Chapter 5: Designing the RFID Network

RFID+ Exam Objectives Covered in this Chapter:


5.1 Given a scenario, predict the performance of a given frequency and power (active/passive) as it relates to read distance, write distance, tag response time, storage capacity


5.2 Summarize how hardware selection affects performance (may use scenarios)

  • 5.2.1 Antenna type

  • 5.2.2 Equipment mounting and protection

  • 5.2.3 Cable length/loss

  • 5.2.4 Interference considerations

  • 5.2.5 Tag type selection (e.g., active, passive, frequency)

Imagine yourself as Leonardo da Vinci staring at a complex problem such as why the moon glows at night. You have some scientific equations, a few specialized tools, and then some creativity and good problem-solving skills. After meditating on it for a while and maybe sketching a painting just to stir up a conspiracy theory or two, you come up with a solution that combines scientific knowledge and a bit of artful intuition. Designing a successful RFID system is a bit like that. Da Vinci used that combination to discover that what we can see of the moon is really the sun reflecting off of it. Old Leonardo would have been great as an RFID technician.

The beginning of this chapter will answer the first basic question you need to sort out when designing an RFID system: what's the best frequency for your specific business application? You'll learn the basics of frequency and some of the behaviors of the various ranges. This is where understanding Chapter 1, "The Physics of RFID," will tie together nicely to give you full understanding of how RFID can really be leveraged.

This section also focuses on something that most of those who are preparing to take the Comp-TIA exam will be asked to determine at some point in their career: what's the best UHF reader? Understanding what happens when you test readers not only will help you pick the correct reader, but also will give you insight when you begin to set them up. You'll see some of the science behind the individual metric testing and you'll get a flavor for the art with the use-case testing as well.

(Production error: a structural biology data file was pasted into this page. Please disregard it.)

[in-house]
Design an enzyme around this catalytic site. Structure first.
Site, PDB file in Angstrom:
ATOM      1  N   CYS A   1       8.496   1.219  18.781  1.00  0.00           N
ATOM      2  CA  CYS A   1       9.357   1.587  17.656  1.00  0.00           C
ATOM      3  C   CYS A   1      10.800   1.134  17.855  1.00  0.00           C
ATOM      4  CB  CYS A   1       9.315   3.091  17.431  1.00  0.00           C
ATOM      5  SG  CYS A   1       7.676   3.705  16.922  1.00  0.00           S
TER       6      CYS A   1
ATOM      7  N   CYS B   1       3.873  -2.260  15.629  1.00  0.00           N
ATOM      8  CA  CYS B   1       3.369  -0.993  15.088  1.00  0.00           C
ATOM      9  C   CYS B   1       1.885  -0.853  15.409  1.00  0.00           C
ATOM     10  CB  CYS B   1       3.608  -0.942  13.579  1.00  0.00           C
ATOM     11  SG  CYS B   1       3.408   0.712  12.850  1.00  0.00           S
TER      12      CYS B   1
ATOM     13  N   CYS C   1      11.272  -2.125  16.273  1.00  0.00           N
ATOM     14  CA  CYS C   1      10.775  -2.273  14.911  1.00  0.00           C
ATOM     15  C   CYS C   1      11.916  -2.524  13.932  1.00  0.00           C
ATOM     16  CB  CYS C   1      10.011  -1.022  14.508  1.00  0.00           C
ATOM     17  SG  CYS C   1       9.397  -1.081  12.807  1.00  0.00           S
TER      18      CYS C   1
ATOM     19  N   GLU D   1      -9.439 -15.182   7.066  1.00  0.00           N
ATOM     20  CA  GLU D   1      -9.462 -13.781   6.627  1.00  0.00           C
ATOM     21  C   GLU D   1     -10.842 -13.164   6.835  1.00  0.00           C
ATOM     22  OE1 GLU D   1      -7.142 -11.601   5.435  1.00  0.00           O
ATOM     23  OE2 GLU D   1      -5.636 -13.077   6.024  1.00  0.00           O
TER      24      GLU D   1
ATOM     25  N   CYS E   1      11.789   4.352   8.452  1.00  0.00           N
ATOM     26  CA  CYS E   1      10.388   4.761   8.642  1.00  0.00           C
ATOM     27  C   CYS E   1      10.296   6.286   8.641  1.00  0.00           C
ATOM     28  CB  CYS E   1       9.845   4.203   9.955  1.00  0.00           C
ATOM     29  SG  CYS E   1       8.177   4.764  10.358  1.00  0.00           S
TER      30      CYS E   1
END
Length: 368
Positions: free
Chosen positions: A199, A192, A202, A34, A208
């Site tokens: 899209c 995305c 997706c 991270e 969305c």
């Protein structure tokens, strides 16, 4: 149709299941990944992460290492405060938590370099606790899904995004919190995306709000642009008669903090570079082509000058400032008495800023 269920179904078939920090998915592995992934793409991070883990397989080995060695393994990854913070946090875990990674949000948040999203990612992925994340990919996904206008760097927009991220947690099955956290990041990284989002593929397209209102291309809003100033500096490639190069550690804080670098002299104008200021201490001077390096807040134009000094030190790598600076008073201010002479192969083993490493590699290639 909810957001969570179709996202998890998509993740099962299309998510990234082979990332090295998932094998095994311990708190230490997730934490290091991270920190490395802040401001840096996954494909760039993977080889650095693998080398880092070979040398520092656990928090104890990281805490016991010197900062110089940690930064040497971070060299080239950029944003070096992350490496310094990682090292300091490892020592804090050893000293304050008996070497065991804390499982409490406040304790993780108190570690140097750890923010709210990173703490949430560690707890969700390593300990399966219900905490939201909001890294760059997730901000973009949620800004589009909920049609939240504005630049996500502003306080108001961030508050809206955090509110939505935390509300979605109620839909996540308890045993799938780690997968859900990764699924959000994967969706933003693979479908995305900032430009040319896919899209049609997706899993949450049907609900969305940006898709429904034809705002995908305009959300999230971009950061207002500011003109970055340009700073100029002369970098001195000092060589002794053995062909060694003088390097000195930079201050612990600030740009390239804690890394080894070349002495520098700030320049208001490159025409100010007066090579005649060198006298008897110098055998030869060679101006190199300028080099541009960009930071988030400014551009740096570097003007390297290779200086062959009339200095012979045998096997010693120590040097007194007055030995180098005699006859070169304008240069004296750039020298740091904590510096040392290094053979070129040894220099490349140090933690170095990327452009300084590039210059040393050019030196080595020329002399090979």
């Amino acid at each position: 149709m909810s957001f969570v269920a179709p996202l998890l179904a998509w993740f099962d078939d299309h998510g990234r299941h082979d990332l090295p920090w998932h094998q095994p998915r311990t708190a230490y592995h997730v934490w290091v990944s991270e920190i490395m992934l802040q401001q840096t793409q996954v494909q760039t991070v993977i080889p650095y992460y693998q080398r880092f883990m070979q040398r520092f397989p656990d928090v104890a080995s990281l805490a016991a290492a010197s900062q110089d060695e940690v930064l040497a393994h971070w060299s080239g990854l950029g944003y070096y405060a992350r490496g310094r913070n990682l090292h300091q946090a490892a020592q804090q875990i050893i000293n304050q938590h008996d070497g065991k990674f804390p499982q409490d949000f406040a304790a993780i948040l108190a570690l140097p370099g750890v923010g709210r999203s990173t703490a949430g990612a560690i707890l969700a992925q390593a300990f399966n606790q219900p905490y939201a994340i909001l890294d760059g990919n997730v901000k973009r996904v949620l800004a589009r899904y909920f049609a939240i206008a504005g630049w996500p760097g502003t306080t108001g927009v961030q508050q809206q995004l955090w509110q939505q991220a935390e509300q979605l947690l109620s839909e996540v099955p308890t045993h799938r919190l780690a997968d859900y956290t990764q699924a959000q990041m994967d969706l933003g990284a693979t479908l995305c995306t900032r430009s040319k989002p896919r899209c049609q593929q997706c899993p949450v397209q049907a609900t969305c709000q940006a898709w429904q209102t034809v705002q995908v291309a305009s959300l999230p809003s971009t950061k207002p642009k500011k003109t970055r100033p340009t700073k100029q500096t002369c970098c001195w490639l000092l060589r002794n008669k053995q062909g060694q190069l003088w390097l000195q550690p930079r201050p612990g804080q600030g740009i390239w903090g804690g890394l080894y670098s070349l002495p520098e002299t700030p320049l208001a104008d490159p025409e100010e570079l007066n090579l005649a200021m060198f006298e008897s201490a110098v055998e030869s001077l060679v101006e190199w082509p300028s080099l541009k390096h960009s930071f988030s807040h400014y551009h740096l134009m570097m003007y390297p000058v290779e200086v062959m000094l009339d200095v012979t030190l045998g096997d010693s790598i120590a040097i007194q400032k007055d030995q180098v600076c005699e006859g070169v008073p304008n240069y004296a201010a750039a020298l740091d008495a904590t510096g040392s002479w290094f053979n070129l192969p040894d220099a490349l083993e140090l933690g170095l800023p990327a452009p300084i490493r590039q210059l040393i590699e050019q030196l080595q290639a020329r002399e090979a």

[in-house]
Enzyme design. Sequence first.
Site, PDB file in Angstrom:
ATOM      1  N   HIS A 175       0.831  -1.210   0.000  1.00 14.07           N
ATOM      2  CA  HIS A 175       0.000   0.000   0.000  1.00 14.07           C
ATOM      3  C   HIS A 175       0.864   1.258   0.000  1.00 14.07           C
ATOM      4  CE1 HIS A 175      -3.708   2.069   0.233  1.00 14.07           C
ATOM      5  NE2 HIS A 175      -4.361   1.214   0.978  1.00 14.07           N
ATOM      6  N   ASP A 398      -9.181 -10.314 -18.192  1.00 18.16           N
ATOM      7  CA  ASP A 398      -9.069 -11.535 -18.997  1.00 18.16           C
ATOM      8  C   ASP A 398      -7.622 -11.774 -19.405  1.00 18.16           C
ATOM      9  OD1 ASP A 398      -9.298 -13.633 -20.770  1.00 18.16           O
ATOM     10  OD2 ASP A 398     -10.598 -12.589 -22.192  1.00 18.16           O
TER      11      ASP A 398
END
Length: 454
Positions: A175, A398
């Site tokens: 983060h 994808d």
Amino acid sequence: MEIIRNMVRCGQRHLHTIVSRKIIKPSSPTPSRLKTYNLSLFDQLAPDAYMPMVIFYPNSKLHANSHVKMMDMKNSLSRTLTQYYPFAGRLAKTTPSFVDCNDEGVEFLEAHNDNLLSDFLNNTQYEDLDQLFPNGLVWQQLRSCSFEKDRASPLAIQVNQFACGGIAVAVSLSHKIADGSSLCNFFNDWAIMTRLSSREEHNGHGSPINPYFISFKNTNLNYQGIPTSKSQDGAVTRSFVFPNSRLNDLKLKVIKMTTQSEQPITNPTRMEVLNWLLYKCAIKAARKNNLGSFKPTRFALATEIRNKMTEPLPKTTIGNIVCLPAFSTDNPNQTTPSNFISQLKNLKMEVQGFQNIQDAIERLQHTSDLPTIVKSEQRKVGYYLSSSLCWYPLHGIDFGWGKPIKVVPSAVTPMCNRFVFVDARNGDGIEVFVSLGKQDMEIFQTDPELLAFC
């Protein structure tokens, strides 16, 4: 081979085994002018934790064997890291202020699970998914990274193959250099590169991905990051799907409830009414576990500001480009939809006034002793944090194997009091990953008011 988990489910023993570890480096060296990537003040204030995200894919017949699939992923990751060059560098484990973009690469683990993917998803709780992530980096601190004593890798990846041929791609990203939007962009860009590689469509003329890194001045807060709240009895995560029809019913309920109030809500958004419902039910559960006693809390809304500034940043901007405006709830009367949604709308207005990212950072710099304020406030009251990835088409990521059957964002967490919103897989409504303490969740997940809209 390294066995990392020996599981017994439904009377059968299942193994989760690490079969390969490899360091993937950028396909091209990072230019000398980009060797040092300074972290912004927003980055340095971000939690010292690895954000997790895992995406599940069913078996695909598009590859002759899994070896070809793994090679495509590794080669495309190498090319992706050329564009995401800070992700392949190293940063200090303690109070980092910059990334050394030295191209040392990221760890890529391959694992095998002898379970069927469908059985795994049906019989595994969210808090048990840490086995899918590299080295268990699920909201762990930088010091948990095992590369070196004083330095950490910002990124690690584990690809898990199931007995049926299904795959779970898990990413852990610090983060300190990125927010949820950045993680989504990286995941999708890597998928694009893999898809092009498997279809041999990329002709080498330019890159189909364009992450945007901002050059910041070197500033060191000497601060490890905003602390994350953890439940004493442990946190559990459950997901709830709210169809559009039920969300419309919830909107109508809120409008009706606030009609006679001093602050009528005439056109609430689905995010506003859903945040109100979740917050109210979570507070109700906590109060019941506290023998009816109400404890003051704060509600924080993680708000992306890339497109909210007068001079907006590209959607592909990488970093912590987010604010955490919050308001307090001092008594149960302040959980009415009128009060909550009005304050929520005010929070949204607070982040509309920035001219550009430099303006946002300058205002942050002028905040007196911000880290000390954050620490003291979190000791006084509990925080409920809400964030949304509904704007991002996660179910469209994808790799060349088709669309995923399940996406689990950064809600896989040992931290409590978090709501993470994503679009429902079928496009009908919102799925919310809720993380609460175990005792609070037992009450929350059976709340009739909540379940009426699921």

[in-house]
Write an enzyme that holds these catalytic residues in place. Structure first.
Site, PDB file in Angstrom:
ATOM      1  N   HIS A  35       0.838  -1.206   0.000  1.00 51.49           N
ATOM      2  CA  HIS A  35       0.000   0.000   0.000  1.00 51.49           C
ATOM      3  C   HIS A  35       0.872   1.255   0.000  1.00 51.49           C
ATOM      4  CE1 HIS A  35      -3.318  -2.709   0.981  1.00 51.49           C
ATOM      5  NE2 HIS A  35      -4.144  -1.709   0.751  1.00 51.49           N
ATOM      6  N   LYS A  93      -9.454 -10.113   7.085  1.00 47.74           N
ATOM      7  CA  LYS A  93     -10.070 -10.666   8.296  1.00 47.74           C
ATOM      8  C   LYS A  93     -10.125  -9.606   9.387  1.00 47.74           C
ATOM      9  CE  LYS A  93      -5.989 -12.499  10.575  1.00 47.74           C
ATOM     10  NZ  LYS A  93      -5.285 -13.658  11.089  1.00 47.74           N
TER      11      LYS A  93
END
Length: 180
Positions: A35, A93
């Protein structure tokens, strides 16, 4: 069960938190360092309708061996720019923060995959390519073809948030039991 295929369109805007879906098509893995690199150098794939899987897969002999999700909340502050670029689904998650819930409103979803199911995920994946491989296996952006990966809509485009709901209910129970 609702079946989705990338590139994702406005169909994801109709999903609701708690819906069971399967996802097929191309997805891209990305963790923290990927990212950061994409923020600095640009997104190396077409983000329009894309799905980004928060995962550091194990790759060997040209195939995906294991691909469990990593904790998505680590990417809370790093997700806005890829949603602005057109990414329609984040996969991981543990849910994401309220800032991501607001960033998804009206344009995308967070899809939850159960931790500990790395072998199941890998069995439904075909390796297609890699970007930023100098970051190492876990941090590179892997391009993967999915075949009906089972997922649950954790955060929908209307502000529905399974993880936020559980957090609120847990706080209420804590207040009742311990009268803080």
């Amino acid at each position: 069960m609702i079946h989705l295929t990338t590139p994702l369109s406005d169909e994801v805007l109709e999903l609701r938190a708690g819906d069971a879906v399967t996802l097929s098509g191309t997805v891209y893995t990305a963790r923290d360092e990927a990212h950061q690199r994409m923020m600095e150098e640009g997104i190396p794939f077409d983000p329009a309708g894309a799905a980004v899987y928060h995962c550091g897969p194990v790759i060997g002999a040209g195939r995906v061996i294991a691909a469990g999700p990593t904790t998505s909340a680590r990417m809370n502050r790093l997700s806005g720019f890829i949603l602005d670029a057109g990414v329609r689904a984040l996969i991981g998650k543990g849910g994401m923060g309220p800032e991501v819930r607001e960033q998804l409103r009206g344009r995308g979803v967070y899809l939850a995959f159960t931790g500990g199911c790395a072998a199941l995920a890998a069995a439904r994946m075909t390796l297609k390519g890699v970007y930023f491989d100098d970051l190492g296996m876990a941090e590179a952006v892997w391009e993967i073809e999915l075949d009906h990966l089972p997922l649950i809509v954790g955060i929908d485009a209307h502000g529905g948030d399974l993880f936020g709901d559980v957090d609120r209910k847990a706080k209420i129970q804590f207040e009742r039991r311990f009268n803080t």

After the reader, the next thing that falls naturally in the analysis is the cable. This chapter will show you some of the basics, and again give you the equations to determine the right choice for a 100 percent accurate RFID system.

You'll then follow the path from the reader to the cable out to the antenna. Although we covered antennas in Chapter 3, "Site Analysis," this overview will serve as a good refresher on what you've already learned.

Last, I'll give you a little bit of insight on middleware. This chapter's final section will cover just the basics because the middleware component is evolving so rapidly and is not a big part of the CompTIA test.

CompTIA RFID+ Study Guide Exam RF0-101, includes CD-ROM
CompTIA RFID+ Study Guide Exam RF0-101, includes CD-ROM
Year: 2006
Pages: 136 © 2008-2017.
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